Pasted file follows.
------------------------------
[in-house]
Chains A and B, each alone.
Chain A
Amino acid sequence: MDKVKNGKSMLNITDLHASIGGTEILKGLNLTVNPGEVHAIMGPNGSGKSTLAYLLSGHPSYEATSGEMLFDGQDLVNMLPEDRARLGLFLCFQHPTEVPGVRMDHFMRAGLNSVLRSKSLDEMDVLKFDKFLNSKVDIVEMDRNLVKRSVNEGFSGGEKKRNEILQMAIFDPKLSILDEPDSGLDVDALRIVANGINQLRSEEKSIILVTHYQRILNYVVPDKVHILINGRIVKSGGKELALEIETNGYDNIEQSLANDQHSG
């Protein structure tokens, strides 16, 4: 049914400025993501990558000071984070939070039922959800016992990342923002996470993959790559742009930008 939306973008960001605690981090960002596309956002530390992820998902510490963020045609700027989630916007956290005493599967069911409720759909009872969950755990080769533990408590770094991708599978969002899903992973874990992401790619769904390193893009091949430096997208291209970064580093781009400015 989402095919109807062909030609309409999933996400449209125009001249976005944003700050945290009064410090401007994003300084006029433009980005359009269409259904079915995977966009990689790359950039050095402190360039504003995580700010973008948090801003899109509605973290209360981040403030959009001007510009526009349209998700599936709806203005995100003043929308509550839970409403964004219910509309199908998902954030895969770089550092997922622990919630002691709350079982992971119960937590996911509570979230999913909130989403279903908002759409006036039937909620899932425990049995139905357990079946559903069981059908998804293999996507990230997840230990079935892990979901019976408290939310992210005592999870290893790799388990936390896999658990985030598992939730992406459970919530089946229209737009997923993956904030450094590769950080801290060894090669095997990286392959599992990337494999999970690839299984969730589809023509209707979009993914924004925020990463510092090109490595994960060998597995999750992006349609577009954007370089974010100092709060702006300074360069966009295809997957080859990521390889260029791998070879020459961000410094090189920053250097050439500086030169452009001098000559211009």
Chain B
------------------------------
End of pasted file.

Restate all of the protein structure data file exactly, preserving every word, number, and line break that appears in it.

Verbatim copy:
[in-house]
Chains A and B, each alone.
Chain A
Amino acid sequence: MDKVKNGKSMLNITDLHASIGGTEILKGLNLTVNPGEVHAIMGPNGSGKSTLAYLLSGHPSYEATSGEMLFDGQDLVNMLPEDRARLGLFLCFQHPTEVPGVRMDHFMRAGLNSVLRSKSLDEMDVLKFDKFLNSKVDIVEMDRNLVKRSVNEGFSGGEKKRNEILQMAIFDPKLSILDEPDSGLDVDALRIVANGINQLRSEEKSIILVTHYQRILNYVVPDKVHILINGRIVKSGGKELALEIETNGYDNIEQSLANDQHSG
């Protein structure tokens, strides 16, 4: 049914400025993501990558000071984070939070039922959800016992990342923002996470993959790559742009930008 939306973008960001605690981090960002596309956002530390992820998902510490963020045609700027989630916007956290005493599967069911409720759909009872969950755990080769533990408590770094991708599978969002899903992973874990992401790619769904390193893009091949430096997208291209970064580093781009400015 989402095919109807062909030609309409999933996400449209125009001249976005944003700050945290009064410090401007994003300084006029433009980005359009269409259904079915995977966009990689790359950039050095402190360039504003995580700010973008948090801003899109509605973290209360981040403030959009001007510009526009349209998700599936709806203005995100003043929308509550839970409403964004219910509309199908998902954030895969770089550092997922622990919630002691709350079982992971119960937590996911509570979230999913909130989403279903908002759409006036039937909620899932425990049995139905357990079946559903069981059908998804293999996507990230997840230990079935892990979901019976408290939310992210005592999870290893790799388990936390896999658990985030598992939730992406459970919530089946229209737009997923993956904030450094590769950080801290060894090669095997990286392959599992990337494999999970690839299984969730589809023509209707979009993914924004925020990463510092090109490595994960060998597995999750992006349609577009954007370089974010100092709060702006300074360069966009295809997957080859990521390889260029791998070879020459961000410094090189920053250097050439500086030169452009001098000559211009």
Chain B